Blog: Is confusing the reader a best practice?

Randall Schwartz provides a review of Damian Conway’s book, Perl Best Practices. If we’re lucky, you can still read the review here.

I like Randall Schwartz’s stuff in general. His books on Perl are pretty readable and engaging, and they’ve helped me a ton, to the point where I can actually cobble together some useful Perl code every now and then. Damian’s book isn’t important here. I haven’t read it, and therefore I don’t have an opinion on it, but Randall’s review provides an example of something that I really don’t like.

As you well know, I don’t believe in best practices. I believe in heuristics instead; fallible methods, conducive to learning, by which we solve problems. “When you’re trying to teach someone, give them an example” is an example of a heuristic.

In his review, Randall identifies something that he thinks is a best practice, and he gives an example of it. The “best practice” nominee is “make the code clear and readable by coding in paragraphs”. This seems like a pretty good idea to me most of the time.

Randall says

I like to use whitespace to create “paragraphs” of statements (considering the statement as a “sentence”). For example, in a subroutine call, I place an extra blank line after any code that sorts out the initial processing of @_:

sub marine {
my $wave = shift;
my $direction = shift;


... more processing here ...

}

Well, I do like the paragraph and sentence and whitespace ideas. But what’s with the name of the function? If we’re going to make Perl code as readable as English (a reasonably good heuristic, in my view), then let’s help things out by treating variables as nouns (or pronouns) and functions as verbs. An example such as Randall’s is likely cause a mental hiccup. That hiccup stands a good chance of confusing the newbies while being pointlessly cute for the old guard. Marine isn’t a verb, dammit!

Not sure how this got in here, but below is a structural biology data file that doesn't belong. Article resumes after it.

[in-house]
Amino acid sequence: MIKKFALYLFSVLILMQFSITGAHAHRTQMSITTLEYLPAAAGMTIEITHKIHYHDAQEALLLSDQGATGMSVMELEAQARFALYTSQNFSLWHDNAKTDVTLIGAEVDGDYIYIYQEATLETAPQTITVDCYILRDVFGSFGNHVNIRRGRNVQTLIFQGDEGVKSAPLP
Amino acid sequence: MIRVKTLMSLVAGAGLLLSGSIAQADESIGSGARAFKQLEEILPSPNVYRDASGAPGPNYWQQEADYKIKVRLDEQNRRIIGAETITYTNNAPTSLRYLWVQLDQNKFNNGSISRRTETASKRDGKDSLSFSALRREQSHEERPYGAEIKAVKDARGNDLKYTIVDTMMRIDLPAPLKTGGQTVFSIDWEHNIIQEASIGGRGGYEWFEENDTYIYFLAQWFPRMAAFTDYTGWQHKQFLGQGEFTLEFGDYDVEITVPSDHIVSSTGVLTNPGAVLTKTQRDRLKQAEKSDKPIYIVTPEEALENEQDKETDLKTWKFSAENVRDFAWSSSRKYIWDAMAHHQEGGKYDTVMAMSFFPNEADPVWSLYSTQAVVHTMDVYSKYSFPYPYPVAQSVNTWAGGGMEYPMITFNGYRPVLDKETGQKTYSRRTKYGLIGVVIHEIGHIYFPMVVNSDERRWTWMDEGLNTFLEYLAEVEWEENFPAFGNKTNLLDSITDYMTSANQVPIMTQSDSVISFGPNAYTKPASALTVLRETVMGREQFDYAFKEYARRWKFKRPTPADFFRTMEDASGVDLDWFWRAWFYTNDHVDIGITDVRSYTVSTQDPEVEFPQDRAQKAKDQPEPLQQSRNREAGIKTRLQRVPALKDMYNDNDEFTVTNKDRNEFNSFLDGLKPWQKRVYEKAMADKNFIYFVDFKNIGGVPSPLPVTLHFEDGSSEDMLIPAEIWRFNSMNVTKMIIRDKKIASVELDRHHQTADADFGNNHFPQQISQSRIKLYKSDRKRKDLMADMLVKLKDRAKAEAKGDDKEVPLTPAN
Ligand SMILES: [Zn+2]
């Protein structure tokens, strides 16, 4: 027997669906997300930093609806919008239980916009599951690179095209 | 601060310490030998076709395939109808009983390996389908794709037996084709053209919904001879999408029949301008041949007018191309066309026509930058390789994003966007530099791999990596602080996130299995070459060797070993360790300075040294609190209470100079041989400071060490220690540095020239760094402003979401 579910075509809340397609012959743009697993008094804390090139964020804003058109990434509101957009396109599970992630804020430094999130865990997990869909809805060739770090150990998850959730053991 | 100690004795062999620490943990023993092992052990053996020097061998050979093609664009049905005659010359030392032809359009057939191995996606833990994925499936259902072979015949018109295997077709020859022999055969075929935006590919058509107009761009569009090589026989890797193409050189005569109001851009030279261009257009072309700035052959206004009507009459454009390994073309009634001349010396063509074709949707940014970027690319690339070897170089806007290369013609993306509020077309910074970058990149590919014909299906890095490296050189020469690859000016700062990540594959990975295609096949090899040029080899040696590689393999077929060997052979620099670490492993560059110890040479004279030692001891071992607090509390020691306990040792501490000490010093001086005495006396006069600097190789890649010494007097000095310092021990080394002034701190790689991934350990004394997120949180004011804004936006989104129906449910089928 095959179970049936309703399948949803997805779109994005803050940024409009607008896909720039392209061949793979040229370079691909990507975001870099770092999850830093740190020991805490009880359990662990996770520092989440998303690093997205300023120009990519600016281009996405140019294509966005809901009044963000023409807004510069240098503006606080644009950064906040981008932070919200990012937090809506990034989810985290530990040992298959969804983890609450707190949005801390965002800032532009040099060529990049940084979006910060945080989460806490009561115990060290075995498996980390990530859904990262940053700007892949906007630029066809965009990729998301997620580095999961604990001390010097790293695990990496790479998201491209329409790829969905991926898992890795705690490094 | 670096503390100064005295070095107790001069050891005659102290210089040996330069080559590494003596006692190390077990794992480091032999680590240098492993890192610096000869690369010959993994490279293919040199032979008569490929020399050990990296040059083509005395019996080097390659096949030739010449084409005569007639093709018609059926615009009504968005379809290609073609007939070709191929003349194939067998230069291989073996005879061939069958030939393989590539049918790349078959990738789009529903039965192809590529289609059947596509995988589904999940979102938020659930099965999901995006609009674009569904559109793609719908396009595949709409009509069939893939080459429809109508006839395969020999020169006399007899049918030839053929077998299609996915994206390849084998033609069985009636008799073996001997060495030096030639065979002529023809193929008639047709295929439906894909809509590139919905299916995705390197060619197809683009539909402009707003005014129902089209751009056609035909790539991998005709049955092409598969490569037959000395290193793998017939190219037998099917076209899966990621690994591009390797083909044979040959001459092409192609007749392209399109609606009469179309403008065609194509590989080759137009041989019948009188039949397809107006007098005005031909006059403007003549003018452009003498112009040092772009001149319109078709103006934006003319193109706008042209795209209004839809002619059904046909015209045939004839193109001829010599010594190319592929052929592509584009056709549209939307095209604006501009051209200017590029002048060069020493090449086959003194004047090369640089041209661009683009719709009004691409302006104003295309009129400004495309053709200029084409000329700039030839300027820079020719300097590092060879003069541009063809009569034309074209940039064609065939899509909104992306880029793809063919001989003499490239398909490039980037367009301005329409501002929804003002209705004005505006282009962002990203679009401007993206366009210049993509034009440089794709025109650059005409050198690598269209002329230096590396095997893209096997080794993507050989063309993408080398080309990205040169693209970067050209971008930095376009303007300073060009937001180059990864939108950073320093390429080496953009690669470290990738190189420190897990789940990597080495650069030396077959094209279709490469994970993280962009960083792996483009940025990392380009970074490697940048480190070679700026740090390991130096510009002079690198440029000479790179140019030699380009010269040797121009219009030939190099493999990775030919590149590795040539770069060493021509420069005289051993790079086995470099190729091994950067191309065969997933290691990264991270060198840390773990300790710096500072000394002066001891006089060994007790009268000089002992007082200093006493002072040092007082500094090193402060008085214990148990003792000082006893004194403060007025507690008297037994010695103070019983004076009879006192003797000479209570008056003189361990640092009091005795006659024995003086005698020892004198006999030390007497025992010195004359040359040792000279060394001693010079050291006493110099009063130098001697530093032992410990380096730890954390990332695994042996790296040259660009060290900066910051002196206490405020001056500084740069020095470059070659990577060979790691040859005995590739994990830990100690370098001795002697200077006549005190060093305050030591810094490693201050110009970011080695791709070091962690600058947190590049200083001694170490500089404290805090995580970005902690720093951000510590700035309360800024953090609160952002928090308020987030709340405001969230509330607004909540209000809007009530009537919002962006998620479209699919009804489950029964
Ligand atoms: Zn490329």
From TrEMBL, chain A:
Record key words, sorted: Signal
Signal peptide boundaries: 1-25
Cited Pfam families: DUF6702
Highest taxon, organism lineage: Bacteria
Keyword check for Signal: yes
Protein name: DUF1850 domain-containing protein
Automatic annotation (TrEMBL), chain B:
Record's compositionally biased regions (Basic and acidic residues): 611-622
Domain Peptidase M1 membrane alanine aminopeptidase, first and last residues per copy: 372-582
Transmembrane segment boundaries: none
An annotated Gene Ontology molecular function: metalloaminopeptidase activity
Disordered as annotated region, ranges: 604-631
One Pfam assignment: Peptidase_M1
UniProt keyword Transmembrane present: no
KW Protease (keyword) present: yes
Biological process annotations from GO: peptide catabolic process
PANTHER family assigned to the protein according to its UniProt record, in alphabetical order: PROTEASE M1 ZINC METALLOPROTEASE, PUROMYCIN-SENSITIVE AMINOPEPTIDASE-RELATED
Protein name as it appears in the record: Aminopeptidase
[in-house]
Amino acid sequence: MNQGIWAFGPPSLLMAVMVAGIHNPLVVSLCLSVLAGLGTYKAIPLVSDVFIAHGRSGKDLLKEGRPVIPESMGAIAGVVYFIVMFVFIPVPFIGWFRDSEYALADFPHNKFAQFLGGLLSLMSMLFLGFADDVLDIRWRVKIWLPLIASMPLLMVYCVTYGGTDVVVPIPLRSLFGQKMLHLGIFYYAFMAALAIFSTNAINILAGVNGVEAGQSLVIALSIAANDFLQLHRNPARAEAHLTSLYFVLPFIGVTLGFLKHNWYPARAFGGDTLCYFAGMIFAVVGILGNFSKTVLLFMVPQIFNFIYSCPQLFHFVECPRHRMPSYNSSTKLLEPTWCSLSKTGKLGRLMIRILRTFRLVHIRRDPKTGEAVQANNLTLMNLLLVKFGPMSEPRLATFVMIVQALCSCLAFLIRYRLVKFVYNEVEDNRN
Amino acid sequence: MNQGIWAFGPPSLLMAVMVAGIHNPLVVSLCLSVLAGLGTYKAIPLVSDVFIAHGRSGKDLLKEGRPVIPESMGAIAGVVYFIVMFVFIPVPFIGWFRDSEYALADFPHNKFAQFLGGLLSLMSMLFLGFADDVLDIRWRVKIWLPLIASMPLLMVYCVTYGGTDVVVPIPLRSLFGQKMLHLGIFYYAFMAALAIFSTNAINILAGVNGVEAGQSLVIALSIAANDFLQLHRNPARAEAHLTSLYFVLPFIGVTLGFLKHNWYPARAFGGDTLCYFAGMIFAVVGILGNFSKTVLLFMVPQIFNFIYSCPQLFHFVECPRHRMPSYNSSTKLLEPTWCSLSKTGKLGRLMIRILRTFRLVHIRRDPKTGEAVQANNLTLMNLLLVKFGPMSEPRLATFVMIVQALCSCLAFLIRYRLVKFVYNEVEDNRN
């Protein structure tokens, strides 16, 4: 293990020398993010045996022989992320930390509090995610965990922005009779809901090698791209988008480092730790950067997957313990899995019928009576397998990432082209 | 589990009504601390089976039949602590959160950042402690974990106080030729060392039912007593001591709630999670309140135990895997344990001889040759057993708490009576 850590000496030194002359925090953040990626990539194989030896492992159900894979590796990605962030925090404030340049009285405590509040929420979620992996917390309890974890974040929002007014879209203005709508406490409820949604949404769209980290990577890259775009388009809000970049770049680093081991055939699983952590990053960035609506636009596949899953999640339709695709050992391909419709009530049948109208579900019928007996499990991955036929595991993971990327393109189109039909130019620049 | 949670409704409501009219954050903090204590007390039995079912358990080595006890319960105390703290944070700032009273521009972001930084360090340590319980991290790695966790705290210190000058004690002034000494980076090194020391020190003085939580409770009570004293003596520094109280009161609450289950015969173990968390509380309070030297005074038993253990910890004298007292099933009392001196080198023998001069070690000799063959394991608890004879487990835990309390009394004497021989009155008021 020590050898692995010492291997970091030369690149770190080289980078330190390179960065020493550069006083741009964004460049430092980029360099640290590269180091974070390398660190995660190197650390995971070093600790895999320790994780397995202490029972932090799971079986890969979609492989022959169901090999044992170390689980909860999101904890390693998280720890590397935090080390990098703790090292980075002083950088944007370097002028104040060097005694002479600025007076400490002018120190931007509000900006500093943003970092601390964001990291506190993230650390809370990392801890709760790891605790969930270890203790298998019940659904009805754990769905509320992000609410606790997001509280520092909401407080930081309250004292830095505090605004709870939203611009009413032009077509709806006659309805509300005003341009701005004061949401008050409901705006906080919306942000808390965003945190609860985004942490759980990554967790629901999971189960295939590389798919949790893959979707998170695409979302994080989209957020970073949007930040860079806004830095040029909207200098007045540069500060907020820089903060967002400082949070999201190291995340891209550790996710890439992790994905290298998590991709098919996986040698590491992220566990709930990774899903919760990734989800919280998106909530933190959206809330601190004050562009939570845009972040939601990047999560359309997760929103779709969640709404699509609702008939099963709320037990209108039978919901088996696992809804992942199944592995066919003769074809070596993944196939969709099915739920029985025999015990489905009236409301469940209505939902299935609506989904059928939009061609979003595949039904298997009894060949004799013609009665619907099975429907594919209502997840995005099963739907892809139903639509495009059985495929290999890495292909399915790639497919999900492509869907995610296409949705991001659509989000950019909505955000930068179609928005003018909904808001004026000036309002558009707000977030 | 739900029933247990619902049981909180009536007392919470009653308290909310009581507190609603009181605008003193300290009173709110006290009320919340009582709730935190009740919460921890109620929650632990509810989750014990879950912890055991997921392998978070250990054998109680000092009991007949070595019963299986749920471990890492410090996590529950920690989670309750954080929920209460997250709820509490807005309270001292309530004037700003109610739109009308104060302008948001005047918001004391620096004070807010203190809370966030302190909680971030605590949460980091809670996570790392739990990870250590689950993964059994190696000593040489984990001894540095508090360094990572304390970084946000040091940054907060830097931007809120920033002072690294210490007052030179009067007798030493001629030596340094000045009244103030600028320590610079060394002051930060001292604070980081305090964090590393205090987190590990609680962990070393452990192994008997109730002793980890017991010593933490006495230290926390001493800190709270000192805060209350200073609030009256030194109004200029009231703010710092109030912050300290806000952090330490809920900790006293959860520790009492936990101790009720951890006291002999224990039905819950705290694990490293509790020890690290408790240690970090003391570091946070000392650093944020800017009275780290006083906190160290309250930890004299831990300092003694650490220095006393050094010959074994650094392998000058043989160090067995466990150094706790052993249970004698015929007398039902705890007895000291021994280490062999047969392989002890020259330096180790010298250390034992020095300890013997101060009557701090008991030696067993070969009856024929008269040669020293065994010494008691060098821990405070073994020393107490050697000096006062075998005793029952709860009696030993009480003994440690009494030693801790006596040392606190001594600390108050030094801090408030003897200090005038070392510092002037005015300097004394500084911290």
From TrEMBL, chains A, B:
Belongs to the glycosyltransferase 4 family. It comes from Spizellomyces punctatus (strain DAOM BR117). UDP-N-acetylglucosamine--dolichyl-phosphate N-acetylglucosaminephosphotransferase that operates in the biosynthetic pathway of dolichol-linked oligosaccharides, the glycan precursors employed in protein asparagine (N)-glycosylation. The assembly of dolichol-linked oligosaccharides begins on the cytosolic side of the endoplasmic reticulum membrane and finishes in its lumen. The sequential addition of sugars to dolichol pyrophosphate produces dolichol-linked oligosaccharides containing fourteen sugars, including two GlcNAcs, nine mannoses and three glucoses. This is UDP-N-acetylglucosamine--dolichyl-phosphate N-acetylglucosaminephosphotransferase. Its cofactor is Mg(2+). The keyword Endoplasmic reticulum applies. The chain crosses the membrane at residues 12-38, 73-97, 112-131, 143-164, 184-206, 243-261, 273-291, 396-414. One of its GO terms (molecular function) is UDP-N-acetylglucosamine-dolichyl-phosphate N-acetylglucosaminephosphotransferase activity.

So here’s another: “When you’re using an example to try make a point, clarity should win out over cuteness.”

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3 responses to “Is confusing the reader a best practice?”

  1. Željko says:

    The word “here” at the end of the second sentence (“If we’re lucky, you can still read the review here.”) is not a link, it is just underlined.

  2. Michael says:

    Thanks, Željko. I guess we weren’t lucky for a while there.

    Fixed!

    —MB

  3. I believe in practicing what I learn and I am going to make one more attempt at test framing. (I will continue till I am confident in test framing)

    IF the purpose of this blog post is to convey useful information to the readers
    AND IF the link to the review helps in delivering the key point
    AND IF the reader is displayed the text ‘Content could not be retrieved. Please try your request again’ on clicking on the link
    SUCH THAT the purpose of the link is not achieved
    THEN it creates a chance of bad experience to the blog reader
    AND this might threaten the value of the blog post & the blogger
    SUCH THAT the reader might hesitate to visit this site again
    THEREFORE if the link plays an important role, it would be better to put a screenshot of the review instead of the link
    THEREBY removing the dependence on other sites
    AND maintaining the quality and reputation of the blog & the blogger
    AND delivering useful information to the reader as per the intention behind this blog post.

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